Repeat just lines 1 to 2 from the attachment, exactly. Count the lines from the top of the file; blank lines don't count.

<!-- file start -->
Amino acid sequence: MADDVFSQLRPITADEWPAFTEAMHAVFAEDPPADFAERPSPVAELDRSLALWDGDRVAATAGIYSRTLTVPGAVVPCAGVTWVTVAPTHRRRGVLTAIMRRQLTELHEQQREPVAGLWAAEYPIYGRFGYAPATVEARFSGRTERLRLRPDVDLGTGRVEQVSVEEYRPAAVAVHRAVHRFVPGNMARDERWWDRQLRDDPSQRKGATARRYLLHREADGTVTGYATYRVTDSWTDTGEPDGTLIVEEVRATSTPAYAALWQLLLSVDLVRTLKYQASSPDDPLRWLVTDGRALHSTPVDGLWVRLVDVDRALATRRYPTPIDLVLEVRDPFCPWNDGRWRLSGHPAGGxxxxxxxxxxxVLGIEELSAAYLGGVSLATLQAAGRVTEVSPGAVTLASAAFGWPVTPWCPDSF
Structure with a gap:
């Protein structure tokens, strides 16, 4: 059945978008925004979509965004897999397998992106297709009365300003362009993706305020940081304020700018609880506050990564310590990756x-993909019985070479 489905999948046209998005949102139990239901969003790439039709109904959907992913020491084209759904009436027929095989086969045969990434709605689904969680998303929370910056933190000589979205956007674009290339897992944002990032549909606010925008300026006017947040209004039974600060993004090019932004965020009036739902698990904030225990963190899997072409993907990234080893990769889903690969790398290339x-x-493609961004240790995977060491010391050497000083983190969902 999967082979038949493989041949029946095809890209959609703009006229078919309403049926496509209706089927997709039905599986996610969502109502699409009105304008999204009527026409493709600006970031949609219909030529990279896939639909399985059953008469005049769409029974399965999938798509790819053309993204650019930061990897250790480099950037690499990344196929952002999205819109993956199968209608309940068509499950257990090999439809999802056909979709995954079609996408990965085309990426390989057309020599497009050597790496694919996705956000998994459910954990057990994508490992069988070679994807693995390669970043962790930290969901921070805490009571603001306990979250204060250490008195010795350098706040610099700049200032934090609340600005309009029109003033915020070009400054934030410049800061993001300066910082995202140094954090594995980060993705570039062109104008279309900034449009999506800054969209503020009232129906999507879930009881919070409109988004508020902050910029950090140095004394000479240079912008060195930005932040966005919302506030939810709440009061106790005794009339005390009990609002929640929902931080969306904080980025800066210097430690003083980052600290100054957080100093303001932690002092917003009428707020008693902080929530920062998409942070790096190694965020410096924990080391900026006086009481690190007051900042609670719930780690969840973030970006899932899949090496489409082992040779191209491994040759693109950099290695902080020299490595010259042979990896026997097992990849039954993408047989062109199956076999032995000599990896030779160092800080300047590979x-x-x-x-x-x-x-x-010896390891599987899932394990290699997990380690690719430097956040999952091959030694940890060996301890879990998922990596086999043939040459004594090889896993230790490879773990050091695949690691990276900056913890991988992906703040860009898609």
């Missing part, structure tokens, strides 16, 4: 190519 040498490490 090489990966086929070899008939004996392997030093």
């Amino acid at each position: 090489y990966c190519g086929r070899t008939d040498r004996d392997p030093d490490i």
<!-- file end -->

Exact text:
Amino acid sequence: MADDVFSQLRPITADEWPAFTEAMHAVFAEDPPADFAERPSPVAELDRSLALWDGDRVAATAGIYSRTLTVPGAVVPCAGVTWVTVAPTHRRRGVLTAIMRRQLTELHEQQREPVAGLWAAEYPIYGRFGYAPATVEARFSGRTERLRLRPDVDLGTGRVEQVSVEEYRPAAVAVHRAVHRFVPGNMARDERWWDRQLRDDPSQRKGATARRYLLHREADGTVTGYATYRVTDSWTDTGEPDGTLIVEEVRATSTPAYAALWQLLLSVDLVRTLKYQASSPDDPLRWLVTDGRALHSTPVDGLWVRLVDVDRALATRRYPTPIDLVLEVRDPFCPWNDGRWRLSGHPAGGxxxxxxxxxxxVLGIEELSAAYLGGVSLATLQAAGRVTEVSPGAVTLASAAFGWPVTPWCPDSF
Structure with a gap: